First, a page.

If exposition and application of a passage of the Bible does not undercut sola scriptura, why does singing lessons drawn from that same book? If preaching the meaning of a passage in words other than those in the text – and applying those same truths to our own contexts using different words again – doesn’t undercut sola scriptura, why does singing about the truths of scripture and reflecting upon them in song do so? It would seem if exclusive psalmody is demanded by sola scriptura because to paraphrase, dwell upon key themes, or offer reflection upon them undercuts this doctrine, the same must be true of all preaching that typically does the same.

We are also faced with something of a problem in the text of scripture itself. Eph 5:19 makes clear we are to sing ‘psalms, hymns and spiritual songs’. How do we account for the hymns and spiritual songs if scripture demands exclusive psalmody? Are these just three ways of referring to the same thing? It would appear, at least on the face of it, we are being encouraged to sing more than just the psalms.

Even if we want to suggest Eph 5:19 is unclear in it’s meaning, we do have obvious examples in scripture of people singing things that are not psalms. What do we make of, for example, Mary’s Magnificat? This was clearly an response of worship that was then canonised.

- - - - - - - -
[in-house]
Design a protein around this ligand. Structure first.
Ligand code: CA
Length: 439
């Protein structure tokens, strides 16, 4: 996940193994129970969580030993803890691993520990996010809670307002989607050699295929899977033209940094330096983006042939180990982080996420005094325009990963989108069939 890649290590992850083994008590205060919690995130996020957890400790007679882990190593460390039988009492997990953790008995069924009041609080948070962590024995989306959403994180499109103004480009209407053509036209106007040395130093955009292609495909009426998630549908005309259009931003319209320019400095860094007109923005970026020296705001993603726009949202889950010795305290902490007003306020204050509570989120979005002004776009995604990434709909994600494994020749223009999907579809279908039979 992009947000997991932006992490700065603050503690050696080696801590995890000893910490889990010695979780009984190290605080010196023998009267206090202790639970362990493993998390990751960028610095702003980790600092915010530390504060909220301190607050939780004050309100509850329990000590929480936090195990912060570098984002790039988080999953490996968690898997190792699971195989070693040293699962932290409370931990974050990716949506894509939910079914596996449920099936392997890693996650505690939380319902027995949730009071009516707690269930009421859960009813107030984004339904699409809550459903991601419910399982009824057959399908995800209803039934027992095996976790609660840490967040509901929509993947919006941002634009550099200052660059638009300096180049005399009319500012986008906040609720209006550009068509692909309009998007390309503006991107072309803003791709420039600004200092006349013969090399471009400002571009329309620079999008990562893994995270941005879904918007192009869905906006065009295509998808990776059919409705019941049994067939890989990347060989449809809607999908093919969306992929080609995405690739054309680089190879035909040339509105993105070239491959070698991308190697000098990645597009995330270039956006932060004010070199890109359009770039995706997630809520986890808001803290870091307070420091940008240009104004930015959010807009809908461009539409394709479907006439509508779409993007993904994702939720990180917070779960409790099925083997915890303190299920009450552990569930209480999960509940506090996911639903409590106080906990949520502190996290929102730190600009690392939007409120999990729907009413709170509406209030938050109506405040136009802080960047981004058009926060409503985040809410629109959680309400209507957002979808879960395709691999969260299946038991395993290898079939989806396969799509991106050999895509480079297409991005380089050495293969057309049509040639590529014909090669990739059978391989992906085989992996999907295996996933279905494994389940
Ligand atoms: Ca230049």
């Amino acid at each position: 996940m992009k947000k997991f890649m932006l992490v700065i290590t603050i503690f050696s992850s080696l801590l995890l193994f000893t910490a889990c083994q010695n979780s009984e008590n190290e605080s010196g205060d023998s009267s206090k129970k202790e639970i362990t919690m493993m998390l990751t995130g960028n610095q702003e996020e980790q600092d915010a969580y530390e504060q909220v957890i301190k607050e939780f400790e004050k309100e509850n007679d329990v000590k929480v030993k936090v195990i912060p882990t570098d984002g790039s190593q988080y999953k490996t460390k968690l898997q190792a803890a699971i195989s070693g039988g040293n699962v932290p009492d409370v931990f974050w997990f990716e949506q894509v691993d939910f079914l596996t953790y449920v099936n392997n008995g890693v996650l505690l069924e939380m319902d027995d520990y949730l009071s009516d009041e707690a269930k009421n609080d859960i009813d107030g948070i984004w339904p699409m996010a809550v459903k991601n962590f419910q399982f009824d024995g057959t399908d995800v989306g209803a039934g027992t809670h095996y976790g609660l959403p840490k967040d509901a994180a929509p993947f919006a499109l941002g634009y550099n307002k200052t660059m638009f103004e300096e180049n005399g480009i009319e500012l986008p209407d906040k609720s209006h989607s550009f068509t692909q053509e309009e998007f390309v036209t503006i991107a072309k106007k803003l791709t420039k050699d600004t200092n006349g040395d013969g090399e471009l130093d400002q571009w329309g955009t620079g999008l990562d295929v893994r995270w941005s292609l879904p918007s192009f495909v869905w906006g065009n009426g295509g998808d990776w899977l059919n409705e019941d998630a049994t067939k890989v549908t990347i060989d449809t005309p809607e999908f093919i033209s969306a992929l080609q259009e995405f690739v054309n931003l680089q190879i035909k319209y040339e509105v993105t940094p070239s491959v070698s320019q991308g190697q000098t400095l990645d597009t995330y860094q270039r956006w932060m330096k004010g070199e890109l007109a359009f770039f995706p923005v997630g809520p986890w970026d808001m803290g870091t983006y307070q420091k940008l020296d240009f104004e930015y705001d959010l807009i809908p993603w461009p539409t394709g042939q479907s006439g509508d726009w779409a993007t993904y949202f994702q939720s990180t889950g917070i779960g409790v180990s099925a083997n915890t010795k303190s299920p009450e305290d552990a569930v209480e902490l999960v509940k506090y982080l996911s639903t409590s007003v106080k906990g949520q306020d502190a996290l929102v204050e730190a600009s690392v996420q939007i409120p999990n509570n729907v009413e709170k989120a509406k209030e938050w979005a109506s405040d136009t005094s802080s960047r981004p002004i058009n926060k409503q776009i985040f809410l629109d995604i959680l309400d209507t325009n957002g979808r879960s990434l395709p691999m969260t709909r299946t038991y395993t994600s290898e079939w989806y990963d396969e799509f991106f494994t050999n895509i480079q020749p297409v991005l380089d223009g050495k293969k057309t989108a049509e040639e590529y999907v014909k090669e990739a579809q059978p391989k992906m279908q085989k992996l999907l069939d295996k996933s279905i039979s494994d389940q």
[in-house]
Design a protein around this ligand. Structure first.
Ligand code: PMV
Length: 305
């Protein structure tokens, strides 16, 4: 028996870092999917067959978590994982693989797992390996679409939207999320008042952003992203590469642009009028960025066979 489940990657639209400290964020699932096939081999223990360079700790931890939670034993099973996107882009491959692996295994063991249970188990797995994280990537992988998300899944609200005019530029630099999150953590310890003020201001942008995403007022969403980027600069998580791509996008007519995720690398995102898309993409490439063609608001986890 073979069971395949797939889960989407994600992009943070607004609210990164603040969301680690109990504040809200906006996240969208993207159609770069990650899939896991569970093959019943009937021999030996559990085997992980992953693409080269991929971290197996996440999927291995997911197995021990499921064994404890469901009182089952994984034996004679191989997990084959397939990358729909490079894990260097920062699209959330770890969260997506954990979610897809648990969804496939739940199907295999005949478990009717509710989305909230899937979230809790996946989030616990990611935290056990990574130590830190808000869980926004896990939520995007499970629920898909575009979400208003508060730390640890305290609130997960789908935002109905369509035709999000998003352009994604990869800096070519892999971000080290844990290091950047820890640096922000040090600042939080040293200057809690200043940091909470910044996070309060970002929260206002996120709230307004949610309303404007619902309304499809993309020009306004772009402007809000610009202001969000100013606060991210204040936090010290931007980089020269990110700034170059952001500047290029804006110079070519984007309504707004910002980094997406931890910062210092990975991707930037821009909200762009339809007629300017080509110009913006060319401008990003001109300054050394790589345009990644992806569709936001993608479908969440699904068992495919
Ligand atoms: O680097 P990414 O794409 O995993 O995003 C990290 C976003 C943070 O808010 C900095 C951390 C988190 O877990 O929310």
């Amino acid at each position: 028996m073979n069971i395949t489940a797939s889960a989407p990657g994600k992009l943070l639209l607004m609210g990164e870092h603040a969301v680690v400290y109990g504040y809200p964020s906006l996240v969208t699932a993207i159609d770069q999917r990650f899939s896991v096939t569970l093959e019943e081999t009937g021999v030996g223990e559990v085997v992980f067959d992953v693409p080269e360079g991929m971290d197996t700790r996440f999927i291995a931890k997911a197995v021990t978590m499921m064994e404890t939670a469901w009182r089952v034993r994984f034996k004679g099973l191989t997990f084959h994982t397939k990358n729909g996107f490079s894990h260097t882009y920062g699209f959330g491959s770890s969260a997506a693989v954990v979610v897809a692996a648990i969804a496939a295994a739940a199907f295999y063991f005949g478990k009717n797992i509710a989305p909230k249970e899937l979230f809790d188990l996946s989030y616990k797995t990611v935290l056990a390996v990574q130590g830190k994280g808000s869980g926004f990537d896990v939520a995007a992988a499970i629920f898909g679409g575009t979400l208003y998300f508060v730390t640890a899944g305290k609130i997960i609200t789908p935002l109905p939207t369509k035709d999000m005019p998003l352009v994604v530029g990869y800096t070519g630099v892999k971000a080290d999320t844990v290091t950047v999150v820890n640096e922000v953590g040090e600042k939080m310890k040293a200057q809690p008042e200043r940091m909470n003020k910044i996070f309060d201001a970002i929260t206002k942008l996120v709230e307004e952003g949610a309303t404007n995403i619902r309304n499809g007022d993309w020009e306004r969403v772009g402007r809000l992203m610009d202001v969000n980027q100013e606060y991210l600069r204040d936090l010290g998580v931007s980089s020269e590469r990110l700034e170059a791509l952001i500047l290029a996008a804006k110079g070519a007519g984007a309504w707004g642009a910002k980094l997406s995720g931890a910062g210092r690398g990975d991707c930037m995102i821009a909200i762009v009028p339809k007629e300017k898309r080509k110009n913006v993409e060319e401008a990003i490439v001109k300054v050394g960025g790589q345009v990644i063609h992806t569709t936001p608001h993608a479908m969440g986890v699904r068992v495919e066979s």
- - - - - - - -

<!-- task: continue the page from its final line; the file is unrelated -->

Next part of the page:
The Bible doesn’t seem to demand the exclusive singing of psalms. It recognises the worth of singing psalms, hymns and spiritual songs. If we don’t consider the preaching of the word as a danger to sola scriptura nor should we find songs that accord with scriptural truth as any more a danger either.

As Paul said, ‘Let the word of Christ dwell in you richly, teaching and admonishing one another in all wisdom, singing psalms and hymns and spiritual songs, with thankfulness in your hearts to God.’ (Col 3:16). It seems Paul saw other forms of music as a means of letting the word of Christ dwell in you richly. Let us sing as the Bible commands and let God’s word dwell in our hearts through the range of scripturally sound songs we might sing.

3 comments

  1. You quote RCB’s ‘God gave us a book of praise songs, who are we to add to them?’, and then well refute the EP case, but I personally feel what the Evangelical should more appositely be asking is ‘God gave us a book of praise songs, who are we to detract from them?’. As you say, the full range of Scripturely inspired songs are beneficial, but in the English Evangelical churches, the Psalter has all too often been sadly neglected. Whilst it is surely good to sing more than the Psalms, they are the first thing Paul mentions in Ephesians 5:19, and we ignore them to our own great loss. I’ve been singing through them for the last couple of years and find them profoundly moving, and would want to encourage others to look into them.
    Just my two cents…
    Every blessing.

    Like